2007, R, 89 min. Directed by Nacho Vigalondo. Starring Nacho Vigalondo, Karra Elejalde, Candela Fernández, Bárbara Goenaga, Juan Inciarte.

REVIEWED By Marc Savlov, Fri., Jan. 16, 2009

Timecrimes is a tremendously entertaining bit of Kafka that whirlpools down into The Twilight Zone. Spanish director Vigalondo's first feature film is an enigmatic, interlocked series of increasingly inevitable torments for its protagonist and one helluva blast to watch. Predicated on the same sort of trippy, circular logic beloved by conspiracy theorists and collegiate stoners alike, it's a time-travel head-trip of a film, and it succeeds in messing with your mind almost as much as it does with those of its own characters. Fair warning, hippie: Do not drop acid before seeing this film. Similar in tone to Shane Carruth's too-smart-for-its-own-good Primer (in which a pair of Dallas engineers inadvertently whip up a time machine in their suburban garage) but far more engaging, Timecrimes has nabbed a spate of awards, among them the Next Wave award at 2007's Fantastic Fest. It's easy to see why: Vigalondo's triple command of surreal compositions, nerve-raping suspense, and the ability to draw out scarily emotional performances from a cast that includes, in a major role, himself is unassailable. (Director of photography Flavio Martínez Labiano, working on a shoestring budget and filling odd corners of the frame with all manner of important information, is no slouch either.) As so often happens in films about the male self, it all begins with a girl, before beginning again and again and again. Paunchy Héctor (Elejalde, in a breakthrough role) is moving into his new rural, woods-enveloped home with his wife, Clara (Fernández). Stretched out on his lawn with a drink in one hand, Héctor spies a bit of color in the otherwise dense foliage that borders his property. It turns out to be a nude woman (Goenaga), posing as if she were some sylvan wood nymph, and Héctor is immediately and understandably curious. His investigation, however, leads him nowhere – and everywhere – fast. It's impossible, or maybe just unwise, to reveal any more of Timecrimes' plotting here. Suffice it to say that while you may think you know what's going on in Vigalondo's world, you don't, not really. It's a trip, after all, and getting there is all the fun.

A note to readers: Bold and uncensored, The Austin Chronicle has been Austin’s independent news source for over 40 years, expressing the community’s political and environmental concerns and supporting its active cultural scene. Now more than ever, we need your support to continue supplying Austin with independent, free press. If real news is important to you, please consider making a donation of $5, $10 or whatever you can afford, to help keep our journalism on stands.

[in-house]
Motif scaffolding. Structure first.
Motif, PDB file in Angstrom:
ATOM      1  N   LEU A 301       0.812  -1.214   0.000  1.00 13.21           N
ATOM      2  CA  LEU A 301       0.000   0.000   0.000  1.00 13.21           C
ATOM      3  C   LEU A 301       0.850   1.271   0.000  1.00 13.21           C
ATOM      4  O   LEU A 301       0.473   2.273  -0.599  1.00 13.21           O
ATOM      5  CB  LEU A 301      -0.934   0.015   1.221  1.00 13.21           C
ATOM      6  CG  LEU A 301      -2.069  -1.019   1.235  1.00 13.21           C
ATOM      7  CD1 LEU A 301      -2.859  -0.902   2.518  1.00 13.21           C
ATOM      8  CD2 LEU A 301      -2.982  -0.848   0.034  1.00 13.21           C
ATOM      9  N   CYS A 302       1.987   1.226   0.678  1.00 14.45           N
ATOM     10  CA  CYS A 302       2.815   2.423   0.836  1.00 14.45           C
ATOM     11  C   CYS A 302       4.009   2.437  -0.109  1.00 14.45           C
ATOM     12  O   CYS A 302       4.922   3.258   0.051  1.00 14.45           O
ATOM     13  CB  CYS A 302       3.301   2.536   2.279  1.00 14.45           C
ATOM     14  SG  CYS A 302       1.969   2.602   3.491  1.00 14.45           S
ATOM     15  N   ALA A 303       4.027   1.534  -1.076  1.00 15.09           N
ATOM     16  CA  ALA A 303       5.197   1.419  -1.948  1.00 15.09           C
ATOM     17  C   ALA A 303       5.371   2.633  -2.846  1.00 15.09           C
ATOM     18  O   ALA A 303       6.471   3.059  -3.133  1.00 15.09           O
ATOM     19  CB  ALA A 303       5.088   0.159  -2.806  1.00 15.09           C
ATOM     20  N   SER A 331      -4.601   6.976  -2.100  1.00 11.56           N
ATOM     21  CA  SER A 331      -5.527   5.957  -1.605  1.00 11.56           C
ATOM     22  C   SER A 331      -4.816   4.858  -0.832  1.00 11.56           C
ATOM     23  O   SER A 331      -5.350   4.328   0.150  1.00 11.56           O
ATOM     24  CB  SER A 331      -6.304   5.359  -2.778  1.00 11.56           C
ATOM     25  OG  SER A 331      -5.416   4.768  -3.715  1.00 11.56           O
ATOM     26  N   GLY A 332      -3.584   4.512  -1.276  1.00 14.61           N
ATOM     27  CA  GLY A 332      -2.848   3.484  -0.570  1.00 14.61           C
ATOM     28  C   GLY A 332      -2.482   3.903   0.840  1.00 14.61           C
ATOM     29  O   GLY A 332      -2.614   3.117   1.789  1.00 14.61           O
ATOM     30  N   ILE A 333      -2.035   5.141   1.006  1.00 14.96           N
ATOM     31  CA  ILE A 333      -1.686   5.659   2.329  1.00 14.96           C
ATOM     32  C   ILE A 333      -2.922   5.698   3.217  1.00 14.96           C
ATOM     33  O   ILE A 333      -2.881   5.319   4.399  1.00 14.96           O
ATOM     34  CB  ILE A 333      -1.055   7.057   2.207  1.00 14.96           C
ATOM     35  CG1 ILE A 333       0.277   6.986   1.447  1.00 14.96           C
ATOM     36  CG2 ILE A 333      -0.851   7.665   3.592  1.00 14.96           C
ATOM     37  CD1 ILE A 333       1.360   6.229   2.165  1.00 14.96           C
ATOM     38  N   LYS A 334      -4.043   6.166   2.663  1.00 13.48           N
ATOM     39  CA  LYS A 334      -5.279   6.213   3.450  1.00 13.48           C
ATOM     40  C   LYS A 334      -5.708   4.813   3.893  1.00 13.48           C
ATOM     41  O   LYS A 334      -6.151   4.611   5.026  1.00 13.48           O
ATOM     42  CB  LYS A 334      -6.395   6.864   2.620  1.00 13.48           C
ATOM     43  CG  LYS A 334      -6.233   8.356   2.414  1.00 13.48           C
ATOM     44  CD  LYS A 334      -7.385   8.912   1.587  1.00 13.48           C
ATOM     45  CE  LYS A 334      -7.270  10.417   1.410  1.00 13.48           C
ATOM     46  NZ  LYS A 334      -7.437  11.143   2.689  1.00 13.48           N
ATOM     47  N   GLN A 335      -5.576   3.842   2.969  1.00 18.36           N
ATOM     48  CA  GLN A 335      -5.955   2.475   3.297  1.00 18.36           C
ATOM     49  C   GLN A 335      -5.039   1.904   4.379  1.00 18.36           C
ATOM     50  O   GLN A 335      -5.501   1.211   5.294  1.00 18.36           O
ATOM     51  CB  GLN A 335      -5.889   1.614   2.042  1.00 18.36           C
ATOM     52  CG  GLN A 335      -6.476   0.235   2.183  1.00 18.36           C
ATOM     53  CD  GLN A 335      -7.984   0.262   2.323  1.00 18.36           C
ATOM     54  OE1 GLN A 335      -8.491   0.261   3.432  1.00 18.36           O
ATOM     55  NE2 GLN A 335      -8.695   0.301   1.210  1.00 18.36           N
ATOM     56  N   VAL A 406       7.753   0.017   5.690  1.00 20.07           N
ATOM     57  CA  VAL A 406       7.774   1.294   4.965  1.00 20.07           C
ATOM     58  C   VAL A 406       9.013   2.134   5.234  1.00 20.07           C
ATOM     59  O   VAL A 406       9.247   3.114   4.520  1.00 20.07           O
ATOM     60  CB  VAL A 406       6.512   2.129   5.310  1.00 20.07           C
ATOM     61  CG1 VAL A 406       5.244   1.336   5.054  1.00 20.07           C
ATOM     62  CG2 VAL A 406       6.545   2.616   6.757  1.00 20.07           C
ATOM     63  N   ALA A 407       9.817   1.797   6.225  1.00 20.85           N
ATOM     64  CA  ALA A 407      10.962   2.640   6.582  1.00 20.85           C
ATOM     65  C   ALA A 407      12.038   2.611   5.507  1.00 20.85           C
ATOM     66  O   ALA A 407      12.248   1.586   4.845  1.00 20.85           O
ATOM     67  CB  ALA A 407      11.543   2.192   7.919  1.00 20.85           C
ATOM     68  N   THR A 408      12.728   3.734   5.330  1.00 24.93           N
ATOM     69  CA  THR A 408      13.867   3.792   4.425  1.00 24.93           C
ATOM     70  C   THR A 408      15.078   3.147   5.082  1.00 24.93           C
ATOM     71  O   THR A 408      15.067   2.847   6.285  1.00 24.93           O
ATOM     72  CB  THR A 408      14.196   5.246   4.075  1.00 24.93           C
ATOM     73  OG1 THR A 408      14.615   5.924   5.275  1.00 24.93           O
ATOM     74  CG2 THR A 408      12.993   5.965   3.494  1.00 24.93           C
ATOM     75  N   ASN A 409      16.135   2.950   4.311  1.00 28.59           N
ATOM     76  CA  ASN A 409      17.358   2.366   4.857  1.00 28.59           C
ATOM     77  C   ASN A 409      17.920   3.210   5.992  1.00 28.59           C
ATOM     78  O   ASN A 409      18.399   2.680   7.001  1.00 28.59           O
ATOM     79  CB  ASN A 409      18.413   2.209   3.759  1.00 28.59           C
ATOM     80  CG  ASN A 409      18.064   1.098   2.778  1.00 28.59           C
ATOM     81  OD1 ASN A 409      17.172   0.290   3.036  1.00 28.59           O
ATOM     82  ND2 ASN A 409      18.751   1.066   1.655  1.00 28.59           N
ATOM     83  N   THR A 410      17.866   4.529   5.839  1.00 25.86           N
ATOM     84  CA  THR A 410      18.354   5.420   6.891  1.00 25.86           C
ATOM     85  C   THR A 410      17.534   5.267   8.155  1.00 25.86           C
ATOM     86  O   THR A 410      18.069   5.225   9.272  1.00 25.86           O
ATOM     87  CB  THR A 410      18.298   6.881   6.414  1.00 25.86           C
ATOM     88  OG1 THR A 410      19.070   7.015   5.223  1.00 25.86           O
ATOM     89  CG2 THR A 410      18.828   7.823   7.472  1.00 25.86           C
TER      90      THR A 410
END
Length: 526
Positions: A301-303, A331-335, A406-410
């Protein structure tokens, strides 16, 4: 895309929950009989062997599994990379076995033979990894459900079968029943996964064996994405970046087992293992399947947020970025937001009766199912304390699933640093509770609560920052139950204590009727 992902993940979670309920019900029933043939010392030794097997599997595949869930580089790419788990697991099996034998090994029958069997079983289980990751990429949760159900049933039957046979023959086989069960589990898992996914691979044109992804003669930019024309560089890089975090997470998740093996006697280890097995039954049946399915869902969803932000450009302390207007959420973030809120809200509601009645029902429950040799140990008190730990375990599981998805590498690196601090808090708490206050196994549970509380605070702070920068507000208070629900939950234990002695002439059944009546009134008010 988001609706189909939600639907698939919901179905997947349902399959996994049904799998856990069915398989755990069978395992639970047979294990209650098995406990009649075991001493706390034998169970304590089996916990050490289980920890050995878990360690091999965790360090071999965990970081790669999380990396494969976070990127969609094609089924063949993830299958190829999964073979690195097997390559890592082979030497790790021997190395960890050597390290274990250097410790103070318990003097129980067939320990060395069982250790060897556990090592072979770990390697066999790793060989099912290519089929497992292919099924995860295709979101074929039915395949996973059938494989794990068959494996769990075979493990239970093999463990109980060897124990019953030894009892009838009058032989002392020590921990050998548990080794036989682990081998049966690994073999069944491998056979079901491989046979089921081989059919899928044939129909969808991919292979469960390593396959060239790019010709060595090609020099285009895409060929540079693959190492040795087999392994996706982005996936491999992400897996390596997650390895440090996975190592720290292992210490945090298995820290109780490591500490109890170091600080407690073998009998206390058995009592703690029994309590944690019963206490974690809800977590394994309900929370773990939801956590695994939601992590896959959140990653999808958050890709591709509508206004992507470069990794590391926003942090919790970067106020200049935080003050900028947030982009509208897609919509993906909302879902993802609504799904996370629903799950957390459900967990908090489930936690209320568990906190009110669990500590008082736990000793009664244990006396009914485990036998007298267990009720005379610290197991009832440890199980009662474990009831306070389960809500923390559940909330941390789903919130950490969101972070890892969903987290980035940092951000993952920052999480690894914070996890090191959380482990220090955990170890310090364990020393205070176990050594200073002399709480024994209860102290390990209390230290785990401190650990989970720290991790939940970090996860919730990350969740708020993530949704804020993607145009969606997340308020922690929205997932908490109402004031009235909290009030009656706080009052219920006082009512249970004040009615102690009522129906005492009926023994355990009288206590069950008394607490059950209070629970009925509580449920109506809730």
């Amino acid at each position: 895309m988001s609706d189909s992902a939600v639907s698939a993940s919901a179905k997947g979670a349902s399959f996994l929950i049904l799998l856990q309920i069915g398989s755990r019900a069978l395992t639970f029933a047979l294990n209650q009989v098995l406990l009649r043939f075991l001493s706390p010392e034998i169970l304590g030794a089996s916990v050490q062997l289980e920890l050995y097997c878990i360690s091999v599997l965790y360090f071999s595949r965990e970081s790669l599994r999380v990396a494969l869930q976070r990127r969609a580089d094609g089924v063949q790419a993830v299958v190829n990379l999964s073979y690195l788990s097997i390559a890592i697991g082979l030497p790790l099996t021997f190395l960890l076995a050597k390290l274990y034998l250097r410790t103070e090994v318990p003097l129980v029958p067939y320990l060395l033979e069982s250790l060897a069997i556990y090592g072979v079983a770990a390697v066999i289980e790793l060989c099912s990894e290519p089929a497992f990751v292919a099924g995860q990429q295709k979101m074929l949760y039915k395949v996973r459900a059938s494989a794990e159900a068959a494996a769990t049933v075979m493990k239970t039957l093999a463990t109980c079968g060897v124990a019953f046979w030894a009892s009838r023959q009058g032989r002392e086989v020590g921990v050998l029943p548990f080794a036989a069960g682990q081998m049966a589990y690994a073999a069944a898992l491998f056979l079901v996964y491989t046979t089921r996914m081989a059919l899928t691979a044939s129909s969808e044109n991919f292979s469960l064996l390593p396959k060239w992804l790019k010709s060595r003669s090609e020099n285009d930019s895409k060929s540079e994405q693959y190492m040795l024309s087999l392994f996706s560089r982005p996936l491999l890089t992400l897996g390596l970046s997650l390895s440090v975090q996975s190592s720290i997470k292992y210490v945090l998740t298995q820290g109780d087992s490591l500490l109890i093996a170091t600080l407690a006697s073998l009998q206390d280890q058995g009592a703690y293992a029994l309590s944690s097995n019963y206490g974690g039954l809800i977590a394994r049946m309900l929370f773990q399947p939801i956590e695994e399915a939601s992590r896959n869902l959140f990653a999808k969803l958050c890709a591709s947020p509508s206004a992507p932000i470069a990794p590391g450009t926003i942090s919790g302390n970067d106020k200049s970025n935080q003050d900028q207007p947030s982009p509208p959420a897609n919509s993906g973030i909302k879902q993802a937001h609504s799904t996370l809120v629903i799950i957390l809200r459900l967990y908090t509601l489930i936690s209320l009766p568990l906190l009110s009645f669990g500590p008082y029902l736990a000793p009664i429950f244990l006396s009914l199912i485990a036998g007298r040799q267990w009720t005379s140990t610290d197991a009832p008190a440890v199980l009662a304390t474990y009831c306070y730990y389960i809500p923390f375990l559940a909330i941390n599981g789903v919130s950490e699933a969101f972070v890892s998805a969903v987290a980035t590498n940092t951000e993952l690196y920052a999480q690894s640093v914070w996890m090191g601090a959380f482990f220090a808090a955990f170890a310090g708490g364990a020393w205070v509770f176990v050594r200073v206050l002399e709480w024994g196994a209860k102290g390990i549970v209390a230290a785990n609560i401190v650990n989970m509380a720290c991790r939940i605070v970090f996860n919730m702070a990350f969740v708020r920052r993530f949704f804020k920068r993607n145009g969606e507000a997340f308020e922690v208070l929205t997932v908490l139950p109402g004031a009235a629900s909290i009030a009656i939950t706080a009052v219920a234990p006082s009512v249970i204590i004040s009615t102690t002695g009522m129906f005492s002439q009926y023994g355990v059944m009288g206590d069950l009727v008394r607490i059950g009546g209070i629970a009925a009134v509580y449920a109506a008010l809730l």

Support the Chronicle  

More Nacho Vigalondo
Fantastic Fest Wave Three
Fantastic Fest Wave Three
Multiple monsters, sequels, and regulars (and RZA)

Richard Whittaker, Sept. 7, 2016

Fantastic Fest 2015: <i>Camino</i>
Fantastic Fest 2015: Camino
Zoë Bell on the run becomes a real leading star

Richard Whittaker, Sept. 27, 2015

More Nacho Vigalondo Films
Toxic masculinity melds with a monster movie

Marc Savlov, April 14, 2017

Open Windows
Elijah Wood is the star of Nacho Vigalondo's nervy thriller about digital voyeurism.

Marc Savlov, Nov. 7, 2014

More by Marc Savlov
Remembering James “Prince” Hughes, Atomic City Owner and Austin Punk Luminary
Remembering James “Prince” Hughes, Atomic City Owner and Austin Punk Luminary
The Prince is dead, long live the Prince

Aug. 7, 2022

Green Ghost and the Masters of the Stone
Texas-made luchadores-meets-wire fu playful adventure

April 29, 2022


Timecrimes, Nacho Vigalondo, Nacho Vigalondo, Karra Elejalde, Candela Fernández, Bárbara Goenaga, Juan Inciarte

One click gets you all the newsletters listed below

Breaking news, arts coverage, and daily events

Keep up with happenings around town

Kevin Curtin's bimonthly cannabis musings

Austin's queerest news and events

Eric Goodman's Austin FC column, other soccer news

Information is power. Support the free press, so we can support Austin.   Support the Chronicle